Chayei Sarah

Chayei Sarah

By Frank Kurtz

25 Cheshvan 5779 • November 3, 2018

Parshat Chayei Sarah is not about Sarah’s life, but about her legacy. As the Torah narrative opens, the core family of Sarah and Abraham has been blown apart. The first son Ishmael and his mother Hagar, a former slave in the household who served as a surrogate when Sarah was presumed to be barren, were expelled and abandoned to the desert wilderness. Isaac, the improbable progeny of Abraham and Sarah’s old age, is bitterly estranged as a result of Abraham’s ill-advised attempt to make him a sacrifice as a demonstration of piety to G-d’s demand, and he has moved away from his childhood home. Abraham buries his wife in the recently acquired tomb of Machpelah and then approaches the end of his life with two notable actions. First, he dispatches his servant to the homeland of his ancestors to find a wife for Isaac, which introduces us to the character of Rebecca, a woman of grace, kindness, and devotion. She agrees on her own volition to go to Isaac, and he takes her to his mother’s tent (an interesting description) to consummate their bond and comes to love her and find comfort in a remarkable way for our founding patriarchal line. Second, Abraham then takes another wife, Keturah, with whom he sires several unremarkable sons whose only significance seems to be that they were progenitors several unremarkable tribes.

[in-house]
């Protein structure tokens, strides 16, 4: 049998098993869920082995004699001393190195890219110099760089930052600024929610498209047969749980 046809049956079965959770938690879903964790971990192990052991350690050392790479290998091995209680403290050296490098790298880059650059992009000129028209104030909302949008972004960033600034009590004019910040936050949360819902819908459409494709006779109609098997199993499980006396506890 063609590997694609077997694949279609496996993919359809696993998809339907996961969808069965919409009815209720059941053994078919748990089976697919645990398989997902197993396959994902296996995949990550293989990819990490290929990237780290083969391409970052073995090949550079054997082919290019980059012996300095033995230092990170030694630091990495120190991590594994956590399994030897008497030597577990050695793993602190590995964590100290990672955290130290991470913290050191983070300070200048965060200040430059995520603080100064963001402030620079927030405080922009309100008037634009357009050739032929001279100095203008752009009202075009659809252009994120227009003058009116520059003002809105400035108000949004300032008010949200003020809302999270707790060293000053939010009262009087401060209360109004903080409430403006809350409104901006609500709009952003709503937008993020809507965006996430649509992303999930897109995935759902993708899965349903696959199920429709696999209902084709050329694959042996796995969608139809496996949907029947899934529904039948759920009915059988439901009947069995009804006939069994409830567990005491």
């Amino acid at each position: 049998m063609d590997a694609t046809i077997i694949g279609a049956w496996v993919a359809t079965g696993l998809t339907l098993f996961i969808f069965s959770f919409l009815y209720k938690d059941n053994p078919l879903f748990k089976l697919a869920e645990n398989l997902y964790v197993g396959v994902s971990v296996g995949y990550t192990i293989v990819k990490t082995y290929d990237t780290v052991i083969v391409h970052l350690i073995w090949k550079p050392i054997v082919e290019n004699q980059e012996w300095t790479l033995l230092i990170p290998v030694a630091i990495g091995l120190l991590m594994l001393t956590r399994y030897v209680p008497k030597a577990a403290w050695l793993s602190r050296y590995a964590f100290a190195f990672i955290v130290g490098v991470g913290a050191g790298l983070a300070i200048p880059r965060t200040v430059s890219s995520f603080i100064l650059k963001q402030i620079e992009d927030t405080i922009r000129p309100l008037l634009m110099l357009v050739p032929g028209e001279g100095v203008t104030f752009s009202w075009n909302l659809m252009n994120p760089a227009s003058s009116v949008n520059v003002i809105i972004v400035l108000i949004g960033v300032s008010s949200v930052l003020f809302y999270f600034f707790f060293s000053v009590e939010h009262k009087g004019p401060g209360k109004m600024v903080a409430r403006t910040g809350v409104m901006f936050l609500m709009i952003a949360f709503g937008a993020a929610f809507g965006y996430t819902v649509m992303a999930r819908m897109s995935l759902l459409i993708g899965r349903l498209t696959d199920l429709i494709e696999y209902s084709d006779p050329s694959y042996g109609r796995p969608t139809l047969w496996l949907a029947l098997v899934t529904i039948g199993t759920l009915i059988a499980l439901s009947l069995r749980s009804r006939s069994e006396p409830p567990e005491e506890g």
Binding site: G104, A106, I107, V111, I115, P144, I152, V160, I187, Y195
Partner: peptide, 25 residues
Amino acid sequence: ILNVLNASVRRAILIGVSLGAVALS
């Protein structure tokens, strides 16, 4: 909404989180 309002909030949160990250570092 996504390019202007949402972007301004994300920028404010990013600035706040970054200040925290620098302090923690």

And then Abraham dies at age 175 “at a good ripe age, old and contented”. It is time to lay him to rest at Machpelah. The Torah says – without elaboration – that Isaac and Ishmael buried him, period. No further description and no elaboration of that moment, which leaves everything to our imagination. Some take this remarkable brevity as an indication of full reconciliation between the half-brothers and a healing of the rifts and destructive moments of their family history. In the words of Rabbi Nat Ezray of Congregation Beth Jacob in Redwood City:

When Abraham dies, Isaac and Ishmael come together again to bury him. The story beneath the story is one of reconciliation and embrace as brothers. The Midrash has Abraham visiting Ishmael and continuing to love and support him. On the surface, the story of Isaac and Ishmael is about sibling rivalry and the displacement of the elder by the younger. Beneath the surface is just the opposite. Isaac does not displace Ishmael. To be sure, he will have a different destiny. But he too is a beloved son of Abraham, blessed by his father and God. He becomes a great nation. God is ‘with him’ as he grows up. The half-brothers stand together at their father’s grave. There is no hostility or conflict.